Committee Classified

Brett Kavanaugh is an extreme right wing rich man’s dream Supreme Court justice. He rules for corporations, almost every time.  He does not necessarily think a woman’s right to an abortion should be constitutionally protected across the country (although what business that is of extreme right wing rich men is a mystery to me).   He consistently rules against consumers, employees, the disabled, voting rights, the environment, the air we breathe, the water we drink.  He rules for gun manufacturers and the Scalia-created expansive view of the Second Amendment.   He has no problem with the right to own an arsenal of assault weapons being constitutionally protected.  He has no comment about his involvement in the Bush Administration’s torture program, though he admitted he probably worked with John Yoo, author of the torture memo, in the days after 9/11 when it was “all hands on deck”.  He could not promise to recuse himself from any case involving the investigation into Trump, even after probably, and improperly, speaking with Trump’s lawyers about the Mueller investigation.

Kavanaugh has a perfect score on every issue dear to bottom-line conservatives.  Some of his writings and opinions are so far to the right, and presumably so repugnant to most average Americans, that they have been classified and are being kept from public view, in the interest of getting him confirmed as quickly as possible without an undue uproar about his actual beliefs.   You can be sure of these beliefs, since he was recommended highly by the ultra-conservative Federalist Society and the Heritage Foundation, endorsed by every other organization of their type. He brazens it out, as his predecessors have learned to do.  One important qualification for our nation’s top court would appear to be brazenness.   This quality enables him to blandly pretend that the issue of a president claiming the power to pardon himself and to refuse to comply with judicial subpoenas is purely hypothetical.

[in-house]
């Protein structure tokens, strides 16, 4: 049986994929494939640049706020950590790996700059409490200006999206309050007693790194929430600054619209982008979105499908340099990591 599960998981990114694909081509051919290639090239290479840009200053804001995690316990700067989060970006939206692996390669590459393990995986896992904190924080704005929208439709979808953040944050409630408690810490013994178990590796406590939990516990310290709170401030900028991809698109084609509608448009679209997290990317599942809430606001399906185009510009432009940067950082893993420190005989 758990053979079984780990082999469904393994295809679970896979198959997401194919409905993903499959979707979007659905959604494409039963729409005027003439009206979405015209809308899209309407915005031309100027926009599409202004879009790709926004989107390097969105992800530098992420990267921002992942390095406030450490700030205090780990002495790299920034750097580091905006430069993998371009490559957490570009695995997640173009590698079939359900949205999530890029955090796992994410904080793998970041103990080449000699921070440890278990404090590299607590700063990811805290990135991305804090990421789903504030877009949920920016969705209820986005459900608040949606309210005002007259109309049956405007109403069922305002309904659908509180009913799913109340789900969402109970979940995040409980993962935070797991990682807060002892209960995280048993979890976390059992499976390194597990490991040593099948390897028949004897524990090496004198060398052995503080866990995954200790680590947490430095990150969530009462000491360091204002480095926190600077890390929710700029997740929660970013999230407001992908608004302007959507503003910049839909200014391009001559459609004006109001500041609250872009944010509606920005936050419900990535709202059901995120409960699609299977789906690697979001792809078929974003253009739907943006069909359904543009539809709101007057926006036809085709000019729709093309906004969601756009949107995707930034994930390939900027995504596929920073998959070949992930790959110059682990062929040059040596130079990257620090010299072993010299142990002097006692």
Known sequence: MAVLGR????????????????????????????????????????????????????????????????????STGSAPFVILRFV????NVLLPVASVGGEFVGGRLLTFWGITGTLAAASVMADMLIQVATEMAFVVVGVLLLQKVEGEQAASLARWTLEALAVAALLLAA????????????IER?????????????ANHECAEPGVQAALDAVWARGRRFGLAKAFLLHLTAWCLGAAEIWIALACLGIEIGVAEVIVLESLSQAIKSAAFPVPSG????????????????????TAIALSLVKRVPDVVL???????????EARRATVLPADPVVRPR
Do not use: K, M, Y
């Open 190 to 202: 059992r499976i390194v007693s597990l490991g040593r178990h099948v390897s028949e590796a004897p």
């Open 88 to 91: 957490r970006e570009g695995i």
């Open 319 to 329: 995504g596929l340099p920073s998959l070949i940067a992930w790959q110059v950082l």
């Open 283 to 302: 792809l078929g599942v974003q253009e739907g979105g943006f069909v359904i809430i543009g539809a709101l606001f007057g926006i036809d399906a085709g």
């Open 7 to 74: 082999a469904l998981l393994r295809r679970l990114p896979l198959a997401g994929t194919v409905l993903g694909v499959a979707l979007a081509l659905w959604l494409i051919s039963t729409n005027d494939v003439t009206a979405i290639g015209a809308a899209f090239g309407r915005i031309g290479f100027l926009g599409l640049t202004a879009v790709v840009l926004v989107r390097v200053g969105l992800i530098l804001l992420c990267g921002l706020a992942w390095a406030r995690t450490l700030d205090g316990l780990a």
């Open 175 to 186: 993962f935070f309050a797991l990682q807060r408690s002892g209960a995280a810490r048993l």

Kavanaugh has long been a partisan conservative.  He was one of Kenneth Starr’s most aggressive assistants during the historically partisan investigation that led to the impeachment of an American president for lying under oath about a series of blow jobs he received from a White House intern.   Since then American presidents have prudently stopped speaking under oath.   Kavanaugh, whose deference to the wishes of conservative presidents is well-documented, worked in the George W. Bush White House when Bush refused to testify under oath, quite possibly advising him on that matter.  George W. Bush would not speak under oath to the 9/11 Commission, a commission whose work he fought for a long time.   Bush and Cheney eventually negotiated a deal, they’d jointly attend a secret session where they’d speak to the Commission on terms of complete secrecy.    No notes or recordings were allowed, no oaths were administered, no promises to be truthful were made, the Commission agreed to say nothing about the meeting.  Nothing to see here! Including, fourteen years later, whatever Brett Kavanaugh might have had to say about it, he was a lawyer at the White House [1] in the years before Bush appointed him to the federal bench.

This seemingly guilty behavior, lawyering up on terms that offer absolute protection from any possible liability, has been normalized, but it was, until recently, a ballsy move for a politician to invoke complete secrecy, and preservation of the right to prevaricate or outright lie, without legal consequences, in a matter of extreme public interest.   It makes them look guilty, for one thing.   Blanket classification of politically embarrassing matters appears to be profoundly anti-democratic, since the public, theoretically, has a right to be fully informed on such matters.  

Brett Kavanaugh appears fine with this enhanced secrecy as he brazens out his confirmation questioning by Democrats who don’t have the votes to stop his confirmation.   He went to the top of the nominee list when the justice he clerked for, Anthony Kennedy, was persuaded to retire so that Trump could immediately get another Supreme Court pick.  It is hard to imagine that his replacement, by a clerk he trained, was not part of Trump’s discussion with Kennedy about preserving his legacy on the Court.  

Kavanaugh has written, since his days aggressively pursuing the investigation into the perjurer Bill Clinton, that the president should be immune from prosecution, even investigation, during the performance of the duties of our nation’s highest office.   Very handy, for a president under investigation, whose personal lawyer and former campaign manager are already heading to prison, to have another friendly ally on the bench of the Supreme Court as he seeks to continue working “outside the box” to Make America Great Again.